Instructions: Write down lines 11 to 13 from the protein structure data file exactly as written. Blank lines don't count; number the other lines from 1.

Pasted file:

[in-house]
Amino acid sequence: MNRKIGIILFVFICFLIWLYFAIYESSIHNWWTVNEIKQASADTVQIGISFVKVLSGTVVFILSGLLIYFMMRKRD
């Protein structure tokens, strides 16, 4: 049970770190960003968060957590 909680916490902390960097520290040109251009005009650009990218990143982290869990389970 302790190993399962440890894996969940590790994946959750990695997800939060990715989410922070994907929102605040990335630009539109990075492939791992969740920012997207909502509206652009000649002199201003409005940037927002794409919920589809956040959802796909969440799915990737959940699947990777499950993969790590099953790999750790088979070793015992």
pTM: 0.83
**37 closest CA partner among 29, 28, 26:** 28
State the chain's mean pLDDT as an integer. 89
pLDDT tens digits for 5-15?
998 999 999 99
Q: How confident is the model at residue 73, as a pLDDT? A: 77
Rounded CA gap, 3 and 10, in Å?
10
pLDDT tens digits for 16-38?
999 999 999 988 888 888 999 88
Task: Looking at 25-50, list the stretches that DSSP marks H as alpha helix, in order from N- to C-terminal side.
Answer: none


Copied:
10
pLDDT tens digits for 16-38?
999 999 999 988 888 888 999 88